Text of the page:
28 Jul 2015

Awesome Vegan Smoothie-Making, Travelling & Gardening Tips - A Busy Vegan Musician Tells All

When you spend a lot of time on the road or in the sky, travelling from city to city, you're going to need to eat a lot of filling, nutritious food to keep your energy levels up. Unfortunately, if your travels are full of adventures, you won't have much time to slave in front of an oven all day. If you're travelling on a budget, you also probably won't have much money to spend on eating out. Thankfully, Emaline Delapaix - a vegan musician who spends a lot of time on the road - has graciously offered some super useful tips on how to eat vegan cheaply and easily while travelling, along with a wealth of other info on life as a vegan musician - including smoothie-making and gardening tips!

Read ahead to find out more.

1. How long have you been vegan? What inspired you to make the decision?

I've been properly vegan since 2011. I was vegetarian for many years, close to vegan but it took me a while to educate myself that being vegetarian didn't really help animals and I needed to go vegan to make a real change. I had this feeling inside me for many years before becoming vegan that using animals for food/products was really wrong and when I left Australia I started to find out the truth and knew veganism would be my path.

2. I see that you spend a lot of time travelling - is it difficult to find good vegan food while on the road? What food do you eat while travelling?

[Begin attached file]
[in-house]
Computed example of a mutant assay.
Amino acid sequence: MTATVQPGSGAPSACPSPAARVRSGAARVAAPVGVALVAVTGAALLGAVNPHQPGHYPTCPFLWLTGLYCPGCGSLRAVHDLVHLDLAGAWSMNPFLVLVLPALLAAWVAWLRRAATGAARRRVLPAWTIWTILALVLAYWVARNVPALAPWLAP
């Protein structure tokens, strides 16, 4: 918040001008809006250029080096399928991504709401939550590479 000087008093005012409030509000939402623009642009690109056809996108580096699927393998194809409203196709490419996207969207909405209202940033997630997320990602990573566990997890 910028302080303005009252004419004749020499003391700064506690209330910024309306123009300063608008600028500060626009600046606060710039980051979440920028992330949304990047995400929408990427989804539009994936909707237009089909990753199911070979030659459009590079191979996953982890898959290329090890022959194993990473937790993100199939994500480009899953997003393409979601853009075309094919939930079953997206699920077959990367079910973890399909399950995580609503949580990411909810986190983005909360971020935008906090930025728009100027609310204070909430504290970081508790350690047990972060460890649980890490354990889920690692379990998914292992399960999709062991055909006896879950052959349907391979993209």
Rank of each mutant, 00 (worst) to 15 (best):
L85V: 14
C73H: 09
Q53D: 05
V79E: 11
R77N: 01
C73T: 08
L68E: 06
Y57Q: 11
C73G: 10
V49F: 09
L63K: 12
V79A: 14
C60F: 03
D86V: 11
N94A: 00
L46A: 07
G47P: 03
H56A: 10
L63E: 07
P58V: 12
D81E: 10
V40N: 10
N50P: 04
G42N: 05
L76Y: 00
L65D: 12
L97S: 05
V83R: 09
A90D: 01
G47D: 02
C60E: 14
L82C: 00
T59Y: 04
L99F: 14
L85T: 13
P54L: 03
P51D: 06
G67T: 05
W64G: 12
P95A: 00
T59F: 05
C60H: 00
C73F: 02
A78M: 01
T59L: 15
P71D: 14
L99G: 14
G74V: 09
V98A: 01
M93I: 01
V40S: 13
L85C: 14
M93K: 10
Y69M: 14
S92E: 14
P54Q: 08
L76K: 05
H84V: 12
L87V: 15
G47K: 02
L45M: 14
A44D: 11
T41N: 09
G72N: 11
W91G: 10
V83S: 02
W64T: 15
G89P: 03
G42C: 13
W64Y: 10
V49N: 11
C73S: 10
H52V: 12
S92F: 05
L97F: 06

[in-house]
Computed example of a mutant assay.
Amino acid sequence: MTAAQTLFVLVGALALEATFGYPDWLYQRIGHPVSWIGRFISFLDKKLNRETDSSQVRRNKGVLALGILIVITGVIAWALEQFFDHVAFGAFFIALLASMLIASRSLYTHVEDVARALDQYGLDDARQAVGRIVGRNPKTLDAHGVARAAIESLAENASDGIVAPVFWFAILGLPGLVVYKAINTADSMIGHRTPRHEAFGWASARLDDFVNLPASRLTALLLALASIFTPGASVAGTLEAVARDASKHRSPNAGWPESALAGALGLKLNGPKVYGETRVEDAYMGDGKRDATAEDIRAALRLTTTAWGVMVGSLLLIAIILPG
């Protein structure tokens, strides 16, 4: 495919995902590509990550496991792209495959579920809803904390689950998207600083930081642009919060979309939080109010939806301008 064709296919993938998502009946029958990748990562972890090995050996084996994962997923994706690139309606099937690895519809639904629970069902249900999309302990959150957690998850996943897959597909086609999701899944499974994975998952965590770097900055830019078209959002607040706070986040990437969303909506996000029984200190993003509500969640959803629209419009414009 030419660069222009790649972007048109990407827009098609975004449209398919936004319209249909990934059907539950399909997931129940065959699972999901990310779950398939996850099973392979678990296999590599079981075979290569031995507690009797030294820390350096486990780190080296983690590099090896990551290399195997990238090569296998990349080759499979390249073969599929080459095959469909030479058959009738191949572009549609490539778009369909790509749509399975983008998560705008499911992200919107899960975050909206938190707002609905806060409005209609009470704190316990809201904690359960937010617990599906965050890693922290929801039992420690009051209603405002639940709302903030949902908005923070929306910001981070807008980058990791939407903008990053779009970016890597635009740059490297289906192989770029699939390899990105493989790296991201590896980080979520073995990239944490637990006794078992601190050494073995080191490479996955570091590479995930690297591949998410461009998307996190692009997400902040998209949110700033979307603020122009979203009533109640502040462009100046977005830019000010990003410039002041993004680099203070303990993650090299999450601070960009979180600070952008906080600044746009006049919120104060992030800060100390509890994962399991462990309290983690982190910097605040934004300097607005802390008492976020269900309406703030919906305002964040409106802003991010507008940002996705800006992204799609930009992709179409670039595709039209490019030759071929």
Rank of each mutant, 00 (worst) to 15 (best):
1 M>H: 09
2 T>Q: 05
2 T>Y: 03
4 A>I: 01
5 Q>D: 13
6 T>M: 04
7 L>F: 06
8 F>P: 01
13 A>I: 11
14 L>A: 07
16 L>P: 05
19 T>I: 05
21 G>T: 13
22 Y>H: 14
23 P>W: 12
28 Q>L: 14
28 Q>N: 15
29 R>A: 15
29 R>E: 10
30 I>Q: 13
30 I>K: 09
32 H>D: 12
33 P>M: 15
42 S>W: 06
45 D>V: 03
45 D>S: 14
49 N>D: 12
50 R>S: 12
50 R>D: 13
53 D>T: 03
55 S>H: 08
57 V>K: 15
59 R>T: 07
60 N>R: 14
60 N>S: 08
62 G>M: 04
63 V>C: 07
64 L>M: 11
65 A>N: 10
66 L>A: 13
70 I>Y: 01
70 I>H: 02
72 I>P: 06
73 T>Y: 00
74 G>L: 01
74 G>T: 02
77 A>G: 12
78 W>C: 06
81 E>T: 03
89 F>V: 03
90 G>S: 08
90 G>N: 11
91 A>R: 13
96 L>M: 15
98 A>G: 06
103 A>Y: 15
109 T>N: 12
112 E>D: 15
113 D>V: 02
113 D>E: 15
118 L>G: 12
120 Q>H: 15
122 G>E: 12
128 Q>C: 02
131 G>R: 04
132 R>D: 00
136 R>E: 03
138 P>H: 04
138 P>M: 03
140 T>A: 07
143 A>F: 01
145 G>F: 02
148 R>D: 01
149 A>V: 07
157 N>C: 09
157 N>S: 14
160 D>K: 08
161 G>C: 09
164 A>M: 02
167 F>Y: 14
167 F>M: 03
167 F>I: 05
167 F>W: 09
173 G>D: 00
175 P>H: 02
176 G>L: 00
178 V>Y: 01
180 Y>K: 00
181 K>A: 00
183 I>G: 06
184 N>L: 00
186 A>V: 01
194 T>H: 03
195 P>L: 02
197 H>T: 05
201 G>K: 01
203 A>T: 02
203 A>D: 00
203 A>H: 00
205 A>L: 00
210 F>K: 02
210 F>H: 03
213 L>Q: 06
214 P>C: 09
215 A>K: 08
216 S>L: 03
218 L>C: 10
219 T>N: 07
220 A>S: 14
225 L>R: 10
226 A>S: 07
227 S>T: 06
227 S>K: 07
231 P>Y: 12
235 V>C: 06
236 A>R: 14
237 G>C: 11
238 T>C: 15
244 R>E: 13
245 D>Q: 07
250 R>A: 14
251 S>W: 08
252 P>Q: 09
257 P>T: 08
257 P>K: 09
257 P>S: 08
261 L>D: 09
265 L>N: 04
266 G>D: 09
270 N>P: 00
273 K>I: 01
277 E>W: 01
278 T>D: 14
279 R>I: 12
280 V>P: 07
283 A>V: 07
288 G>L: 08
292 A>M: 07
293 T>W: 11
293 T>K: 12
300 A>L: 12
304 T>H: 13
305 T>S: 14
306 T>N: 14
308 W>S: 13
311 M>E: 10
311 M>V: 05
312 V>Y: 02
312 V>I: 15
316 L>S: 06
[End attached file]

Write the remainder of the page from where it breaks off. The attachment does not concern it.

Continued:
Depends where. North America is pretty good, as is most of Germany but of course in the smaller places it's tough so I try to carry a lot of fresh fruit, veg and nuts with me as back up.

3. Has being vegan inspired any of the songs you write?

Veganism has opened my eyes to the world and made me more emotional so sure it has inspired some of my writing, in particular Seal Song about the slaughter of baby seals in Canada.

4. You mentioned that you're an avid gardener. I love gardening too, and so do many of my readers. Do you have any vegan gardening tips or suggestions?

I am still learning and making some mistakes as I can only grow in pots where I am but it's really good to do a lot of reading and try different ways of doing things when you're just starting so you have some back up plants if some die. I've been growing a lot from kitchen scraps in glass jars and little pots and grew my first potatoes from scraps a month ago which were delicious. I've also been enjoying raspberries and Swiss chard recently. Watering is important, sometimes when on tour it's been hard to keep up with that.

5. What are three of your favourite raw vegan smoothie recipes? 

6. What are your favourite vegan dinner recipes?

I make pretty simple things and prefer to make salad when I am home to counteract a lot of cooked or more processed foods I usually have when on tour. One of my favourite salads:

Chickpeas, mint, baby Swiss chard, peach, tomatoes, cucumber, cayenne pepper, salt, walnut oil with white balsamic and a squeeze of lime.

7. Where can we find out more about your music?

Official website: www.emalinedelapaix.com